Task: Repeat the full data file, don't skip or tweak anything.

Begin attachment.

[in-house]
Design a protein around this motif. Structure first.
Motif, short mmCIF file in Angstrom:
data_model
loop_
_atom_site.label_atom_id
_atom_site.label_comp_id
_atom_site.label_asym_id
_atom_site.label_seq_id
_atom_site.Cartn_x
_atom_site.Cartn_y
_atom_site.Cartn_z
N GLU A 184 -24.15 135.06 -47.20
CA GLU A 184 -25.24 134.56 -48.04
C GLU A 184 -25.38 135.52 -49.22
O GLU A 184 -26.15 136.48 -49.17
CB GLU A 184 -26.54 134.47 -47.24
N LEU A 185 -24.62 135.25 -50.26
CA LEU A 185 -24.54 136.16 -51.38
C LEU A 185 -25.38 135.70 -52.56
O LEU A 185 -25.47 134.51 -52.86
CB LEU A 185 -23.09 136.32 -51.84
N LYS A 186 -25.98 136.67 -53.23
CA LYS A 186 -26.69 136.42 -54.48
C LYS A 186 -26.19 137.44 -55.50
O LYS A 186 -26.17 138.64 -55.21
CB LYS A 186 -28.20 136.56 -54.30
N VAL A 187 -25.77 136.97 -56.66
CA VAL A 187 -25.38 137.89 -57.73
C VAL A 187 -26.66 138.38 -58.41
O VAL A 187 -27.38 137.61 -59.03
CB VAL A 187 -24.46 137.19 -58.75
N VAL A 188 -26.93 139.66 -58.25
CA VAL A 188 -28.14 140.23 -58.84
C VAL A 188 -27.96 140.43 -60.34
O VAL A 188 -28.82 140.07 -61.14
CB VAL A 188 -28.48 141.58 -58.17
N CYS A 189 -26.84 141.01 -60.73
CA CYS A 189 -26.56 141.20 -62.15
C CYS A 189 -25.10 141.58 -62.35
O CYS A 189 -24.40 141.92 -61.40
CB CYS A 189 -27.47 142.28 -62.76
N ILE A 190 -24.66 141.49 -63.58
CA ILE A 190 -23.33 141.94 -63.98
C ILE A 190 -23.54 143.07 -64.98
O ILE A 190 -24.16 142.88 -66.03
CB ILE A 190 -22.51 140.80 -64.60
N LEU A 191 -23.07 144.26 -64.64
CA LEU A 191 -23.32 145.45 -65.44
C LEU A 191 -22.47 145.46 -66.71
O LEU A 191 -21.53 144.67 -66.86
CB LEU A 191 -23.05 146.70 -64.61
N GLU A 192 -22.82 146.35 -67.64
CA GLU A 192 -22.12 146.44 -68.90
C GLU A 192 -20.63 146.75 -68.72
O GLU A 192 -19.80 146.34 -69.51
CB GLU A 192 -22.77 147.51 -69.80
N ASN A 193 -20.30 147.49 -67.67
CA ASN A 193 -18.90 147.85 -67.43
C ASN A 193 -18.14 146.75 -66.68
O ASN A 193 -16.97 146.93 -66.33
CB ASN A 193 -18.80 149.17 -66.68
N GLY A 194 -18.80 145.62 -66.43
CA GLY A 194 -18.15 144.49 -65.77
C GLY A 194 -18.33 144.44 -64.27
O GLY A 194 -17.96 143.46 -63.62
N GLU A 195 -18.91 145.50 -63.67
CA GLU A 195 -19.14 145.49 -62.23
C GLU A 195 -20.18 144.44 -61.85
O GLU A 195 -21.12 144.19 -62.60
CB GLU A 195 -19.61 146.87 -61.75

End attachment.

[in-house]
Design a protein around this motif. Structure first.
Motif, short mmCIF file in Angstrom:
data_model
loop_
_atom_site.label_atom_id
_atom_site.label_comp_id
_atom_site.label_asym_id
_atom_site.label_seq_id
_atom_site.Cartn_x
_atom_site.Cartn_y
_atom_site.Cartn_z
N GLU A 184 -24.15 135.06 -47.20
CA GLU A 184 -25.24 134.56 -48.04
C GLU A 184 -25.38 135.52 -49.22
O GLU A 184 -26.15 136.48 -49.17
CB GLU A 184 -26.54 134.47 -47.24
N LEU A 185 -24.62 135.25 -50.26
CA LEU A 185 -24.54 136.16 -51.38
C LEU A 185 -25.38 135.70 -52.56
O LEU A 185 -25.47 134.51 -52.86
CB LEU A 185 -23.09 136.32 -51.84
N LYS A 186 -25.98 136.67 -53.23
CA LYS A 186 -26.69 136.42 -54.48
C LYS A 186 -26.19 137.44 -55.50
O LYS A 186 -26.17 138.64 -55.21
CB LYS A 186 -28.20 136.56 -54.30
N VAL A 187 -25.77 136.97 -56.66
CA VAL A 187 -25.38 137.89 -57.73
C VAL A 187 -26.66 138.38 -58.41
O VAL A 187 -27.38 137.61 -59.03
CB VAL A 187 -24.46 137.19 -58.75
N VAL A 188 -26.93 139.66 -58.25
CA VAL A 188 -28.14 140.23 -58.84
C VAL A 188 -27.96 140.43 -60.34
O VAL A 188 -28.82 140.07 -61.14
CB VAL A 188 -28.48 141.58 -58.17
N CYS A 189 -26.84 141.01 -60.73
CA CYS A 189 -26.56 141.20 -62.15
C CYS A 189 -25.10 141.58 -62.35
O CYS A 189 -24.40 141.92 -61.40
CB CYS A 189 -27.47 142.28 -62.76
N ILE A 190 -24.66 141.49 -63.58
CA ILE A 190 -23.33 141.94 -63.98
C ILE A 190 -23.54 143.07 -64.98
O ILE A 190 -24.16 142.88 -66.03
CB ILE A 190 -22.51 140.80 -64.60
N LEU A 191 -23.07 144.26 -64.64
CA LEU A 191 -23.32 145.45 -65.44
C LEU A 191 -22.47 145.46 -66.71
O LEU A 191 -21.53 144.67 -66.86
CB LEU A 191 -23.05 146.70 -64.61
N GLU A 192 -22.82 146.35 -67.64
CA GLU A 192 -22.12 146.44 -68.90
C GLU A 192 -20.63 146.75 -68.72
O GLU A 192 -19.80 146.34 -69.51
CB GLU A 192 -22.77 147.51 -69.80
N ASN A 193 -20.30 147.49 -67.67
CA ASN A 193 -18.90 147.85 -67.43
C ASN A 193 -18.14 146.75 -66.68
O ASN A 193 -16.97 146.93 -66.33
CB ASN A 193 -18.80 149.17 -66.68
N GLY A 194 -18.80 145.62 -66.43
CA GLY A 194 -18.15 144.49 -65.77
C GLY A 194 -18.33 144.44 -64.27
O GLY A 194 -17.96 143.46 -63.62
N GLU A 195 -18.91 145.50 -63.67
CA GLU A 195 -19.14 145.49 -62.23
C GLU A 195 -20.18 144.44 -61.85
O GLU A 195 -21.12 144.19 -62.60
CB GLU A 195 -19.61 146.87 -61.75